Should I insulate the OAK duct?

MAD777

Member
Jul 6, 2016
101
New Hampshire
I'm building my home in New Hampshire with proposed corner installed woodstove on a, 16" high hearth. Pictured below is the OAK duct which will come in under the hearth. It will be inaccessible once the home is completed. On frosty mornings, which is nearly every morning throughout winter, there is practically ice formed on this duct. Note that the house is not currently heated and the concrete slab floor you see will have radiant heat in it.
The second picture is an artist rendition of the final product. My question is, should I wrap this duct in some form of insulation and if so, what material should I use?


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Rearscreen

Minister of Fire
Dec 21, 2014
645
Vermont
I get thin frost on mine but so little it isn't a problem.
 

electrathon

Minister of Fire
Sep 17, 2015
523
Gresham, OR
Yes, two reasons. When not running it is a seal between inside and outside of nothing more than a piece of aluminum. When the stove is running the cold air coming in (and drawing heat out of the room to go into the air inlet) will condense moisture on the tube possibly causing water damage in the long run. I can not think of any valid reason not to insulate it.
 

jetsam

Minister of Fire
Dec 12, 2015
4,229
Long Island, NY
youtu.be
I'd insulate it to prevent the water in the house from condensing on it.

Limiting airflow around the duct will also limit the amount of condensation, so a simple box o' bricks could help a lot.
 
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zrock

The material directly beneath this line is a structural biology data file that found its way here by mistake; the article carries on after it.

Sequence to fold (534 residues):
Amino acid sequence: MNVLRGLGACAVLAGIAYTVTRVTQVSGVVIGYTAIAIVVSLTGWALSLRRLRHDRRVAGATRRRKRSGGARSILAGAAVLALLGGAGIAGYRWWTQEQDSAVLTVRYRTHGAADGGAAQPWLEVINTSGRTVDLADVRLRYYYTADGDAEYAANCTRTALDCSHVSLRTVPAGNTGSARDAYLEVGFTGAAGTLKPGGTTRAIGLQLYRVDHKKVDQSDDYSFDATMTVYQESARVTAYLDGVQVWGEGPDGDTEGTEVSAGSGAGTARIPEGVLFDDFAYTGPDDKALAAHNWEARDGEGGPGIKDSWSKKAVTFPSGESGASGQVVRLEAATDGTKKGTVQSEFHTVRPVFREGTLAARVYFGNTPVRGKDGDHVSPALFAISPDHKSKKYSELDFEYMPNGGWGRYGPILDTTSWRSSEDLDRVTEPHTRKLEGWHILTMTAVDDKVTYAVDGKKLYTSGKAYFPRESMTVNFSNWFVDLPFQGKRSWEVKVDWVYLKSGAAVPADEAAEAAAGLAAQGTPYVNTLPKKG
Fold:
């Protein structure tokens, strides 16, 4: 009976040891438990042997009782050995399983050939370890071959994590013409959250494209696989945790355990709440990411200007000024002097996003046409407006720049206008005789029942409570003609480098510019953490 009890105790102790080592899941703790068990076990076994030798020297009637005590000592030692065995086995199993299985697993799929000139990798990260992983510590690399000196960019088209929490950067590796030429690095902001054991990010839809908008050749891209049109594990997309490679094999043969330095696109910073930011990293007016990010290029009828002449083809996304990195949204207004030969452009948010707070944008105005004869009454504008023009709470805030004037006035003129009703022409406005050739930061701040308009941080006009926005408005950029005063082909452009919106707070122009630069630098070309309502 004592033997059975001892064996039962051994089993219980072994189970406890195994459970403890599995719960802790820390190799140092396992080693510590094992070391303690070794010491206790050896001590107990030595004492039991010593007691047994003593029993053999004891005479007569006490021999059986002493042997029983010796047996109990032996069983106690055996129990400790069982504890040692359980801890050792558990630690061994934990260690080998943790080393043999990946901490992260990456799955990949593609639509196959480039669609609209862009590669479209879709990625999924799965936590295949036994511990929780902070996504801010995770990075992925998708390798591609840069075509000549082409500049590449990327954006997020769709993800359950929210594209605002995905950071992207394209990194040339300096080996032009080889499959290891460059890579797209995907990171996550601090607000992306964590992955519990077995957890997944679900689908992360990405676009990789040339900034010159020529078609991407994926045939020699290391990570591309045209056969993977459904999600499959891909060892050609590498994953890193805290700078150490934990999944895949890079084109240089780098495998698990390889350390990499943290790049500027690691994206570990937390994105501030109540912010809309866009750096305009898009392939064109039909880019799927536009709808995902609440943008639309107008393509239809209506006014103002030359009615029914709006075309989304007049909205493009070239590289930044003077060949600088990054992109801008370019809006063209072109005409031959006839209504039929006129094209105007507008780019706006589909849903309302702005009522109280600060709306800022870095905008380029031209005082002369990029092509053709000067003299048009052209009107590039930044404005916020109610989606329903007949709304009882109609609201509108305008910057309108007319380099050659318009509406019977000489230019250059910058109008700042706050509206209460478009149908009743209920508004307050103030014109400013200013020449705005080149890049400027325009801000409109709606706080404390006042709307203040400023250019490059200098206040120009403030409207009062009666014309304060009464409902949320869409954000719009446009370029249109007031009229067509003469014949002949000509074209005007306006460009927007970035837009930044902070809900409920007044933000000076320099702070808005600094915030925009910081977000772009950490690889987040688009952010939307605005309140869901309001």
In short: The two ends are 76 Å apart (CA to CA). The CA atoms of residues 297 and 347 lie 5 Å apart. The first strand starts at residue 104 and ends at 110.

Minister of Fire
Dec 2, 2017
716
bc
You could wrap with fiberglass pipe wrap. Or fill the void in the hearth with rocksol or how ever you spell that.. its fireproof insulation...

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Bartman23

New Member
Jan 26, 2019
18
Manitoba canada
I do mechanical insulation for a living. If theres gonna be any bend to it a piece of 2" thick flexible duct wrap sealed with foil tape would be your easiest option. Just dont pull it super tight and ensure your tape is rubbed down so it doesnt let go over time. Armaflex is also another good product for cold applications
 

electrathon

Minister of Fire
Sep 17, 2015
523
Gresham, OR
Not sure I understand. Not insulating will promote more condensation. Condensation leads to mold. Not sure why that is desirable.
 

Bad LP

Minister of Fire
Nov 28, 2014
879
Northern Maine
Insulate.
 

Rearscreen

Minister of Fire
Dec 21, 2014
645
Vermont
Well, if you were to use fiberglass insulation, eventually mold could occur. A closed foam surround not so. One question, how far above the ground does your pipe terminate outside?
 

Ludlow

Minister of Fire
Jun 4, 2018
1,084
PA
I insulated mine. Used fiberglass. Mine is exposed and straight out the back.
 

Highbeam

Minister of Fire
Dec 28, 2006
16,267
Mt. Rainier Foothills, WA
Rip that thing out and use actual metal duct inside the hearth. Its cheap, easy to insulate, and you won’t have to worry about replacing it like you would that silly flex line when some person or animal steps on the exposed chunk that is above your finished hearth. Only use flex above the finished floor between the duct snout and the stove.

Since this duct is under the finished hearth, the insulation can be combustible. Anything.
 
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MAD777

Member
Jul 6, 2016
101
New Hampshire
What’s all the black on the floor?
It's gone today. I took the picture last week after we were having negative temperatures for several nights and teens for daytime highs. The spot is gone now. The last couple of days have been in the 50's with overnight above freezing. I suspect the discoloration was due to melted frost, actually a layer of ice, that I observed on the duct last week.

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